Expect the best
  |  First Published: February 2008

February is an excellent month to wet a line in the beautiful Noosa area. Most of the holidaymakers will be back at home so the river will be a much less crowded place! The boat ramps will have settled back into the quiet routine they usually see and parking will be a breeze once again!

The summer species will be going hard by this time of year. Offshore there will be mackerel and tuna, and hopefully the big late run of snapper will be continuing. At year’s end there were plenty of big snapper on most offshore reef systems, with Chardons the stand out location. Mike Fisher, who has been skippering charter boats in this locale for many a year, reported the best snapper run in years at Chardons. Mike had not seen snapper fishing this good for a decade!

Snapper are available off Noosa year round. They spawn in the cooler months on close inshore reefs and the little tackers make their way into the estuary systems and the relative safety of the mangroves. As they slowly mature they will gradually make their way offshore and often congregate in schools of similar sized fish. It is widely believed that the bigger fish are wanderers and somewhat solo and that they are wherever the tucker is!

Generally they are caught at 2-4kg or so with standout specimens pushing 10kg. They have been caught at 20kg and at that size they would be a good catch and release candidate. The best eating fish are the smaller ones however they eat well right up to the jumbo models.

The most successful snapper anglers are very keen on berley and floatlining. In some situations a good berley trail, delivered judiciously as opposed to dumping large quantities of chopped fish at irregular intervals, will bring the fish close to the surface and very close to the boat. At these time half and unweighted pilchard drifting down the trail will be a deadly weapon and one that is very hard to beat. Hooks need to be strong, however there is no need for super heavy leader or wire.

Hot reefs worth trying are North Reef where you would be very likely to tangle with Moses perch, parrot fish and possibly big estuary cod (particularly at night); Chardons, which is a good bet for a stray red emperor, is another reef worth fishing for snapper; Sunshine Reef will deliver some magnificent coral trout during February along with parrots, sweetlip, snapper and pelagics such as Spaniards and tuna. If you are lucky enough to enjoy some quality snapper fishing off Noosa this summer, take a few for a feed by take note that the days of rape and pillage are long gone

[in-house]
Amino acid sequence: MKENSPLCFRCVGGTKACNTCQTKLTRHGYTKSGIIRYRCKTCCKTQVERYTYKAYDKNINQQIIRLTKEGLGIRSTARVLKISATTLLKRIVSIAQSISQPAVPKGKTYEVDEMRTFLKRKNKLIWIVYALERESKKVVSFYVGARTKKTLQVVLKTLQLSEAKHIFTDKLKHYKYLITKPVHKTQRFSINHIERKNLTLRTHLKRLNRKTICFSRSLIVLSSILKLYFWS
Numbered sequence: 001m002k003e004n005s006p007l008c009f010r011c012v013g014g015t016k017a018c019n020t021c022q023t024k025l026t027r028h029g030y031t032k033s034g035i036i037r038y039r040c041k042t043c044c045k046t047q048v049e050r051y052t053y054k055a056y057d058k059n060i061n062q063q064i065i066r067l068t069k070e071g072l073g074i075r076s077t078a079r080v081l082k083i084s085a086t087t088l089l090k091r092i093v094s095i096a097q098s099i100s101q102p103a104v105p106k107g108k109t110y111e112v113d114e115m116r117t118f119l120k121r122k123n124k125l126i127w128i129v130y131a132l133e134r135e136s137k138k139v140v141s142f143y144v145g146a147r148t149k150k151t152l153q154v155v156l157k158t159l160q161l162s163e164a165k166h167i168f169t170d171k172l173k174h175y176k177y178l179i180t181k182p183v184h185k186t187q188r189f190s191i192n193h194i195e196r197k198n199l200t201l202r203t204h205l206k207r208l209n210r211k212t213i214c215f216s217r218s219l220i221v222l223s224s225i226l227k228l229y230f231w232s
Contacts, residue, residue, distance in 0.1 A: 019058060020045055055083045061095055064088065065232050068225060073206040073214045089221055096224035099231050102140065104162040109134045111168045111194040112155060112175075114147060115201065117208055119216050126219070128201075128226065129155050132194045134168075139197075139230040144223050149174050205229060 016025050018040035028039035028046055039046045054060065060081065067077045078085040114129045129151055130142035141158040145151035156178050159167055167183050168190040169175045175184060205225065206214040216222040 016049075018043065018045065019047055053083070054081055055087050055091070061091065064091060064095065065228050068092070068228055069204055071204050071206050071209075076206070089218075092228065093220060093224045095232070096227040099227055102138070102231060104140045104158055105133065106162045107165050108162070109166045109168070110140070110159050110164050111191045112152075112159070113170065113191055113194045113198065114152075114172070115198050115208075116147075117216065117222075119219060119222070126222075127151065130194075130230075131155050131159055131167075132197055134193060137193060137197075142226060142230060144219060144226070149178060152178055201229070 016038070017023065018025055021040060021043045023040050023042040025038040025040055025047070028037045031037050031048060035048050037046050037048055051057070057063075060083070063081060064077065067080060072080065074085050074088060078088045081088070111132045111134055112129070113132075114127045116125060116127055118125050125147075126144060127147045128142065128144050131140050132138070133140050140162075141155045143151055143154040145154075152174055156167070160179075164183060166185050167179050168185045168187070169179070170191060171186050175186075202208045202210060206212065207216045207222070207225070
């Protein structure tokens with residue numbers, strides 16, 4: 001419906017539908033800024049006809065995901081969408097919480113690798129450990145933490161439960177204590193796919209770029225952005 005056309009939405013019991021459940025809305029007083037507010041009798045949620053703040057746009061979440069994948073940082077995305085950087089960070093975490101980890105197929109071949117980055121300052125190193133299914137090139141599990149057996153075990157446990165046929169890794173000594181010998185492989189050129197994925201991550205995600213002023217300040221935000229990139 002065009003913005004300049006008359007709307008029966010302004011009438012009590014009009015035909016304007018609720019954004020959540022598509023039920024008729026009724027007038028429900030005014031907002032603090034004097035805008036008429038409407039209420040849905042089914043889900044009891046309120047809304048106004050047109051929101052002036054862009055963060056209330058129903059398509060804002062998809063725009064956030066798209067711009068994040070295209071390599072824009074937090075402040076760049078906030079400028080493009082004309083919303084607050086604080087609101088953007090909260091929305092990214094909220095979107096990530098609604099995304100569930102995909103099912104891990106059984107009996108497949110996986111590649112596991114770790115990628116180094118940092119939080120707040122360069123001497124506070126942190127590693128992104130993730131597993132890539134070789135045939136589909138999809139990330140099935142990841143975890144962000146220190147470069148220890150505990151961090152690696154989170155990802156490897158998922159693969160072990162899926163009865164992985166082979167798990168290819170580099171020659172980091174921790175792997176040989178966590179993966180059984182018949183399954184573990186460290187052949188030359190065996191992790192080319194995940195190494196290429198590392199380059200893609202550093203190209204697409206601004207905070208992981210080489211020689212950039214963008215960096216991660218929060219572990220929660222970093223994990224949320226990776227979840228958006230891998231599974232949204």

The Noosa River system will settle nicely after the thrashing it will have copped during the holiday season. As previously mentioned using ramps and finding a suitable and nearby parking space will be a breeze!

Mangrove jacks will be the star of the show this month and excellent catches late in 2007 is a good indicator of a bumper jack month.

Many anglers favour lure casting and trolling, particularly late in the day when the sun is low and the fish become more active. During the day they will rest in shady oyster encrusted enclaves and head out to hunt when the light level is dropping. Casting to the mangroves and other bankside structure will bring ferocious hits from these toothy devils, as will trolling close to the bankside vegetation or over other structure such as rock bars.

The lower reaches of the Noosa River have been delivering very good numbers of quality mangrove jacks and the vast Weyba Creek system is a good starting point. Creek banks with rocks evident are good casting and trolling targets. Drifting a live bait into the same structures is also a great way to tangle with jacks.

Be prepared for crashing hits constantly. Work lures slowly and deliberately and you will be rewarded. Barra Pros, Tilsan Barras, Mad Mullets and gold Bombers are great lures for this type of work. A good mono leader of 30lb breaking strain or so will generally suffice. I use Platypus Super Braid for the main line due to its superior casting qualities and ease of knot tying not to mention that it is Aussie made.

The snaggy run in between Lakes Cooroibah and Cootharaba is always worth a prospect during summer. This is a long stretch of water with few run off creeks but plenty of bankside cover. Rock bars are intermittent along this stretch and it can pay to troll these with lures than will run just over the top of the structure, against the current. Then drift back casting at the snags as you go. Bouncing soft plastics over the rock bars is also well worth a try and the next jack or cod to attach a wounded plastic wont be the last, that’s for sure.

A slightly more relaxing method of catching a jack or two is to anchor up and lob out a live whiting, mullet or herring. Ensure that the bait is in or very close to structure of some sort or it could be a long wait in between bites.

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